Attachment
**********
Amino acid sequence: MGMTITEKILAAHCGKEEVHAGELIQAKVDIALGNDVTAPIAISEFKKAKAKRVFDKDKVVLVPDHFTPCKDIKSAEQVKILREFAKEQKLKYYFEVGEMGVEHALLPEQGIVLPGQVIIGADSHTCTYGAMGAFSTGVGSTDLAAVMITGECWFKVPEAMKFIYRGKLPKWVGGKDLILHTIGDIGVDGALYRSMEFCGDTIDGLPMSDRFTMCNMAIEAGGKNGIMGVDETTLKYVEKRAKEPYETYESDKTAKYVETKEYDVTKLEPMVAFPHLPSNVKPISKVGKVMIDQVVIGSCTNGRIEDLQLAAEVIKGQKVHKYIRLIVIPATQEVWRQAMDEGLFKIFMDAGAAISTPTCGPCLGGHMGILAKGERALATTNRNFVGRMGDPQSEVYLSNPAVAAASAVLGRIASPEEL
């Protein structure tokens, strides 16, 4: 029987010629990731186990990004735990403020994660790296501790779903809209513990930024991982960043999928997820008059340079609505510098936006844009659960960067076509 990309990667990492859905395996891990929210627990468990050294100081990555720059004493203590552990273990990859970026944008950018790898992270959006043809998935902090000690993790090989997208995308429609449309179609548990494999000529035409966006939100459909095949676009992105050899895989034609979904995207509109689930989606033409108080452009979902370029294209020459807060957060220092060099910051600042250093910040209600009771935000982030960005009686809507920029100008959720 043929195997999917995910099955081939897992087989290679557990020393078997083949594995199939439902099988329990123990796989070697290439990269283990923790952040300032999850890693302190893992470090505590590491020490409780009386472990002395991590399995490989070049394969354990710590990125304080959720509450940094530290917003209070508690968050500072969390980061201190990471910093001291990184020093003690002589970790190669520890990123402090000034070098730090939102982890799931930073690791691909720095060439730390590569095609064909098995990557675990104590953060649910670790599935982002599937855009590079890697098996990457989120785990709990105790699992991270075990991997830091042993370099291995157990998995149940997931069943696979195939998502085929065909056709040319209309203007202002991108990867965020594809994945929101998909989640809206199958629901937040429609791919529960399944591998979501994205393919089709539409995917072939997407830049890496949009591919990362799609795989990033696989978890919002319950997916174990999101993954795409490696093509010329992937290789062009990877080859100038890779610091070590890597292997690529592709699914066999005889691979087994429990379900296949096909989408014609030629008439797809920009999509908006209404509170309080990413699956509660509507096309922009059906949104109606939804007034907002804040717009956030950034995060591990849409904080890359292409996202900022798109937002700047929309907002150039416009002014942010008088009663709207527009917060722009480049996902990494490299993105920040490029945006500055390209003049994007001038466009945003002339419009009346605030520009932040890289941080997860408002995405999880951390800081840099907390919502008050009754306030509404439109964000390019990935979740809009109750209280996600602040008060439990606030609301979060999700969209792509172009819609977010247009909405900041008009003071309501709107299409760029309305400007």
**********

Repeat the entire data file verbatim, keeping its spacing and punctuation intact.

Amino acid sequence: MGMTITEKILAAHCGKEEVHAGELIQAKVDIALGNDVTAPIAISEFKKAKAKRVFDKDKVVLVPDHFTPCKDIKSAEQVKILREFAKEQKLKYYFEVGEMGVEHALLPEQGIVLPGQVIIGADSHTCTYGAMGAFSTGVGSTDLAAVMITGECWFKVPEAMKFIYRGKLPKWVGGKDLILHTIGDIGVDGALYRSMEFCGDTIDGLPMSDRFTMCNMAIEAGGKNGIMGVDETTLKYVEKRAKEPYETYESDKTAKYVETKEYDVTKLEPMVAFPHLPSNVKPISKVGKVMIDQVVIGSCTNGRIEDLQLAAEVIKGQKVHKYIRLIVIPATQEVWRQAMDEGLFKIFMDAGAAISTPTCGPCLGGHMGILAKGERALATTNRNFVGRMGDPQSEVYLSNPAVAAASAVLGRIASPEEL
């Protein structure tokens, strides 16, 4: 029987010629990731186990990004735990403020994660790296501790779903809209513990930024991982960043999928997820008059340079609505510098936006844009659960960067076509 990309990667990492859905395996891990929210627990468990050294100081990555720059004493203590552990273990990859970026944008950018790898992270959006043809998935902090000690993790090989997208995308429609449309179609548990494999000529035409966006939100459909095949676009992105050899895989034609979904995207509109689930989606033409108080452009979902370029294209020459807060957060220092060099910051600042250093910040209600009771935000982030960005009686809507920029100008959720 043929195997999917995910099955081939897992087989290679557990020393078997083949594995199939439902099988329990123990796989070697290439990269283990923790952040300032999850890693302190893992470090505590590491020490409780009386472990002395991590399995490989070049394969354990710590990125304080959720509450940094530290917003209070508690968050500072969390980061201190990471910093001291990184020093003690002589970790190669520890990123402090000034070098730090939102982890799931930073690791691909720095060439730390590569095609064909098995990557675990104590953060649910670790599935982002599937855009590079890697098996990457989120785990709990105790699992991270075990991997830091042993370099291995157990998995149940997931069943696979195939998502085929065909056709040319209309203007202002991108990867965020594809994945929101998909989640809206199958629901937040429609791919529960399944591998979501994205393919089709539409995917072939997407830049890496949009591919990362799609795989990033696989978890919002319950997916174990999101993954795409490696093509010329992937290789062009990877080859100038890779610091070590890597292997690529592709699914066999005889691979087994429990379900296949096909989408014609030629008439797809920009999509908006209404509170309080990413699956509660509507096309922009059906949104109606939804007034907002804040717009956030950034995060591990849409904080890359292409996202900022798109937002700047929309907002150039416009002014942010008088009663709207527009917060722009480049996902990494490299993105920040490029945006500055390209003049994007001038466009945003002339419009009346605030520009932040890289941080997860408002995405999880951390800081840099907390919502008050009754306030509404439109964000390019990935979740809009109750209280996600602040008060439990606030609301979060999700969209792509172009819609977010247009909405900041008009003071309501709107299409760029309305400007």